y^(0)=yieγ1zi¯/eγ1zi¯,
(17)
which means that the fitted response value ŷi is a nonlinear function of the single parameter γ (the overline indicates averaged values). Hence, the problem of nonlinear minimization in the case of exponential law approximation can be reduced to a nonlinear optimization with only one unknown.

Acknowledgments

This study has been partially supported by the European Space Agency within the framework of the MERIS Validation Activities under contract n. 12595/09/I-OL with the “Faculdade de Ciencias e Tecnologia” of the “Universidade Nova de Lisboa”, and contract n. 21653/08/I-OL with the Institute for Environment and Sustainability of the Joint Research Centre. The work also benefited of support from the NATO Science for Peace and Security Program, project n. 982678. Access to the Milipeia cluster (University of Coimbra, Portugal) was granted through the project “Large-scale parallel Monte Carlo simulations for Ocean Colour applications.”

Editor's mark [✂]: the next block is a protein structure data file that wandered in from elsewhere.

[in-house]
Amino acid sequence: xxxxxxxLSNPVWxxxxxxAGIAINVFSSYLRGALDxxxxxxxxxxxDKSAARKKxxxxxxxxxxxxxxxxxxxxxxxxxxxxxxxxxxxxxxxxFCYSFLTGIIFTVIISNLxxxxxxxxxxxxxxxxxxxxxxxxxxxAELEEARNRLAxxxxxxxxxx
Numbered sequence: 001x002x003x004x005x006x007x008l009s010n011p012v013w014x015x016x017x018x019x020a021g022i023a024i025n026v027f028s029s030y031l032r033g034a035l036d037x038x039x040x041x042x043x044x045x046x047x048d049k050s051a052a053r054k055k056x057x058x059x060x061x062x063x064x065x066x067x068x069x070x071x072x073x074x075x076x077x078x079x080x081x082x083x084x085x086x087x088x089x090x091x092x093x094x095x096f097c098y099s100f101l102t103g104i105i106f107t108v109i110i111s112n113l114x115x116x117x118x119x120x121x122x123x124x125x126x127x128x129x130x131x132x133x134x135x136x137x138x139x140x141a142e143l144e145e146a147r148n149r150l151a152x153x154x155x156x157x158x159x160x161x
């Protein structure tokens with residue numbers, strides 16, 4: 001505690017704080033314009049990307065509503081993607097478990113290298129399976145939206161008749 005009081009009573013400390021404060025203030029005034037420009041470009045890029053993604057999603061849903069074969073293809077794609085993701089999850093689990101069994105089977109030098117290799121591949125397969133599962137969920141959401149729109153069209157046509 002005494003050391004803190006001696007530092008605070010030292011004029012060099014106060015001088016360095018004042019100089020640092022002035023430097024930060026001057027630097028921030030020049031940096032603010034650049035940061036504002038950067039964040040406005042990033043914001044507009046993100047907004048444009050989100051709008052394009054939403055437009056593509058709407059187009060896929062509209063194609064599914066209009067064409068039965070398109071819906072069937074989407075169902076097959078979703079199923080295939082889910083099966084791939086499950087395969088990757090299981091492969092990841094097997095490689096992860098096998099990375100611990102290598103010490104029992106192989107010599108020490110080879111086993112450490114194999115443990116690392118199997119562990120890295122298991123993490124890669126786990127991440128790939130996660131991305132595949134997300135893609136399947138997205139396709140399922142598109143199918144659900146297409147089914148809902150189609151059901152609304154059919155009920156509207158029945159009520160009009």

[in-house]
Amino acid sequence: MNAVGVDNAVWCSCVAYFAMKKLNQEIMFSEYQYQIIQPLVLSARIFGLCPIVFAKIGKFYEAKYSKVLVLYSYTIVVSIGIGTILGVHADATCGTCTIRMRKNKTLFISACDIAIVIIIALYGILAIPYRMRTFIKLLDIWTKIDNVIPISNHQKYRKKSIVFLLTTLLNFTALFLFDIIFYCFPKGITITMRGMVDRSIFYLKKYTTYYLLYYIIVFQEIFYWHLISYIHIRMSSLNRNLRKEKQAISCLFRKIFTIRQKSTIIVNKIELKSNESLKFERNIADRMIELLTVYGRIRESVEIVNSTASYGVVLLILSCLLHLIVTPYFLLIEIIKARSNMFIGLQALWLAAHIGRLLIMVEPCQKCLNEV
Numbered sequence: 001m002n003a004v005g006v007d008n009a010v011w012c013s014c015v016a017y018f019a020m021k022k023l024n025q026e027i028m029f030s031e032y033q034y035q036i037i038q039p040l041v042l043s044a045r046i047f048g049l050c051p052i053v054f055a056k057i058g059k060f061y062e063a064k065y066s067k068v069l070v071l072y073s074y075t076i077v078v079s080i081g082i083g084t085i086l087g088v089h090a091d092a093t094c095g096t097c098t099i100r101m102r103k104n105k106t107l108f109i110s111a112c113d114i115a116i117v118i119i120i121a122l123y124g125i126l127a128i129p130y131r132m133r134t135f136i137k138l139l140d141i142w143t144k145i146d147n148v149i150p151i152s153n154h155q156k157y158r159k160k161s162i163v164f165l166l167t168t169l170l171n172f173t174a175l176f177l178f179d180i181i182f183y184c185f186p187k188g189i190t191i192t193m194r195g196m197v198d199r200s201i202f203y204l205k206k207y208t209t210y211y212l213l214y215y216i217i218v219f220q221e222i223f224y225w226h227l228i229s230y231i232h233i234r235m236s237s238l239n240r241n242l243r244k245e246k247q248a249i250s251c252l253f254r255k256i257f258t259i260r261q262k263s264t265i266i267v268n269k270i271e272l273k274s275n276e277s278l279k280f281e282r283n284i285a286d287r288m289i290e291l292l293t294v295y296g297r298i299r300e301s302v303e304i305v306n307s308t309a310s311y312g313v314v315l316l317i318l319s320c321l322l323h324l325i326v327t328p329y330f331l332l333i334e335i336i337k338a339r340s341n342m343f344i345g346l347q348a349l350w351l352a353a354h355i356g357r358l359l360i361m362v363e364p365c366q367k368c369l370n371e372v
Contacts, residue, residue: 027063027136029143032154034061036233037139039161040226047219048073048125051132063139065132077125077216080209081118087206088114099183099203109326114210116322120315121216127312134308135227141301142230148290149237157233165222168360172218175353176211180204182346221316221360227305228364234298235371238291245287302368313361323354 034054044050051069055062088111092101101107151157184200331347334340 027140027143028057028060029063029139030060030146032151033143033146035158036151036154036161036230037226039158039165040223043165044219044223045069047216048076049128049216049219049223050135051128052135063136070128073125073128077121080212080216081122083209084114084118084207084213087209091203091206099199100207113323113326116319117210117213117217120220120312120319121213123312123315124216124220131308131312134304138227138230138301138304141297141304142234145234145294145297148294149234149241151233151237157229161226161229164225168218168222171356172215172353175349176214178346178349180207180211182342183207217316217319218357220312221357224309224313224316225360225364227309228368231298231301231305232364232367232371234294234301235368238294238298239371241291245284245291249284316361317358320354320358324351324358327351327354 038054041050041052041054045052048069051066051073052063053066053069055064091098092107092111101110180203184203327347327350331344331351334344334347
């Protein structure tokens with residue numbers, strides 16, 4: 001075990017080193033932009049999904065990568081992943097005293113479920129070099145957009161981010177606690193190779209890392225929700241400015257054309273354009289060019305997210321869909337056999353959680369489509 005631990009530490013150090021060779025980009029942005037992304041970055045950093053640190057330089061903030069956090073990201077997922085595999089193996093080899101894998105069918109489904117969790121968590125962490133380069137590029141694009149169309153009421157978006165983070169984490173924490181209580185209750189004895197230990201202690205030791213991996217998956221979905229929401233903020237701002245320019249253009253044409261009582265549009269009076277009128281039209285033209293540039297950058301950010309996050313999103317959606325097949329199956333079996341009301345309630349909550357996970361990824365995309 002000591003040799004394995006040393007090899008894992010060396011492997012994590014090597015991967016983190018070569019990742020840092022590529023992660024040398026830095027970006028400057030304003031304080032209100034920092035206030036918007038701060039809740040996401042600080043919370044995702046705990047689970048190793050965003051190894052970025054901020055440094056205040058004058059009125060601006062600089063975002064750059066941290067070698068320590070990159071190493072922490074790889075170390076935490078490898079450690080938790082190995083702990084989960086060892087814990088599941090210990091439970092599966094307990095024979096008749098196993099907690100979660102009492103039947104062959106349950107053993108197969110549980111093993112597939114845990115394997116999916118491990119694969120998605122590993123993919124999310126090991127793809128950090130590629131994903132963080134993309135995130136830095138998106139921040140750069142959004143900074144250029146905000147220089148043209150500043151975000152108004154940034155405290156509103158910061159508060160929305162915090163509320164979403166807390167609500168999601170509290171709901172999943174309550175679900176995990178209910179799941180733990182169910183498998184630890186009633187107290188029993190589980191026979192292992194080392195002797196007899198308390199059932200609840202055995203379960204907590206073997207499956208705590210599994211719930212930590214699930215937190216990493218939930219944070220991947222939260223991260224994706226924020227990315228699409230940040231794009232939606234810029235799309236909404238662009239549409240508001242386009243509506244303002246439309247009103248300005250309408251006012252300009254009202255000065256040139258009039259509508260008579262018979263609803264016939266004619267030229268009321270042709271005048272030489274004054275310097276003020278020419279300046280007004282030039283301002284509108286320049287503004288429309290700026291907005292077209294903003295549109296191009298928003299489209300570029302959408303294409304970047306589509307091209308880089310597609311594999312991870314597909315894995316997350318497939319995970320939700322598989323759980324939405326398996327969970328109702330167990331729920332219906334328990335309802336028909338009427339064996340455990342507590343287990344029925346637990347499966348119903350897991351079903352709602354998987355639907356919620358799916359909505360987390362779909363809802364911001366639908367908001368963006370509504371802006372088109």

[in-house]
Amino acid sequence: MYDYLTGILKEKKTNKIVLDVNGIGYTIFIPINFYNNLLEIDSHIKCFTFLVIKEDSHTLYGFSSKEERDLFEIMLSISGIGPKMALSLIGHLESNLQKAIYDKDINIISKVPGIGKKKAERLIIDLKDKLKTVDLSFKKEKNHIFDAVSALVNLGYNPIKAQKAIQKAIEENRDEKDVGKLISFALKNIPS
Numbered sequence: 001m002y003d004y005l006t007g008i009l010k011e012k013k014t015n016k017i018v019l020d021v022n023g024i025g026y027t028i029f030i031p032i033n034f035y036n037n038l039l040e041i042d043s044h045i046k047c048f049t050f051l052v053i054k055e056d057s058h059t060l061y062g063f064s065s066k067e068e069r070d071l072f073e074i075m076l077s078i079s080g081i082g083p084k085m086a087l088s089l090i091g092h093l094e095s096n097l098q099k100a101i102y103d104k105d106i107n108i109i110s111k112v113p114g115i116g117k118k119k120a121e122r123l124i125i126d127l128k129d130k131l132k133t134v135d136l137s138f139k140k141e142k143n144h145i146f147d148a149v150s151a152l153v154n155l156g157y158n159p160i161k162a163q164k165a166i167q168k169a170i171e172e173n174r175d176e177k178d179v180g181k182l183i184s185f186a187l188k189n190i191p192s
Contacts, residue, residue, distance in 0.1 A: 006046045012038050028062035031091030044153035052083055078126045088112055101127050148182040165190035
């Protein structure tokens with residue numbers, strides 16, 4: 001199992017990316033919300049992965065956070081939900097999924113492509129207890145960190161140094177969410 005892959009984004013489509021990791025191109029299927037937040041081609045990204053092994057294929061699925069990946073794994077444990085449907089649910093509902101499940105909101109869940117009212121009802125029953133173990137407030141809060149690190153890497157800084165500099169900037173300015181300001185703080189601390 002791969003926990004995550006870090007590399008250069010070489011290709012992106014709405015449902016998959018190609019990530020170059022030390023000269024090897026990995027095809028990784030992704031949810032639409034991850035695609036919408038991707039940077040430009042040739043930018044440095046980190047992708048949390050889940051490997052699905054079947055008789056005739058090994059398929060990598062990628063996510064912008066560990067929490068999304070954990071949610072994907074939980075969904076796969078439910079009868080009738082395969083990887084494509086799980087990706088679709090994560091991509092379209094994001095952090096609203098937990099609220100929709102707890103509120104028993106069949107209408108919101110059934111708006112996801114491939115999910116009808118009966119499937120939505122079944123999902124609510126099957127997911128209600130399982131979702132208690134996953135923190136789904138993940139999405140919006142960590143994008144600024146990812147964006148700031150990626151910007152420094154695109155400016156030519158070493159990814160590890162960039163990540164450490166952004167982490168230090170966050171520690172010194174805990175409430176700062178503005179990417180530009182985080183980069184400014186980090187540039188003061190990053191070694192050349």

References and links

1.

W. B. Philip and C. D. Scott, “Modelling regional responses by marine pelagic ecosystems to global climate change,” Geophys. Res. Lett. 29, 1806 (2002).

2.

J. L. Sarmiento, R. Slater, R. Barber, L. Bopp, S. C. Doney, A. C. Hirst, J. Kleypas, R. Matear, U. Mikolajewicz, P. Monfray, V. Soldatov, S. A. Spall, and R. Stouffer, “Response of ocean ecosystems to climate warming,” Global Biogeochem. Cycles 18, 23 (2004) [CrossRef] .

3.

M. J. Behrenfeld, R. T. ÓMalley, D. A. Siegel, C. R. McClain, J. L. Sarmiento, G. C. Feldman, A. J. Milligan, P. G. Falkowski, R. M. Letelier, and E. S. Boss, “Climate-driven trends in contemporary ocean productivity,” Nature 444, 752–755 (2006) [CrossRef] [PubMed] .

4.

B. A. Franz, S. W. Bailey, P. J. Werdell, and C. R. McClain, “Sensor-independent approach to the vicarious calibration of satellite ocean color radiometry,” Appl. Optics 46, 5068–5082 (2007) [CrossRef] .

5.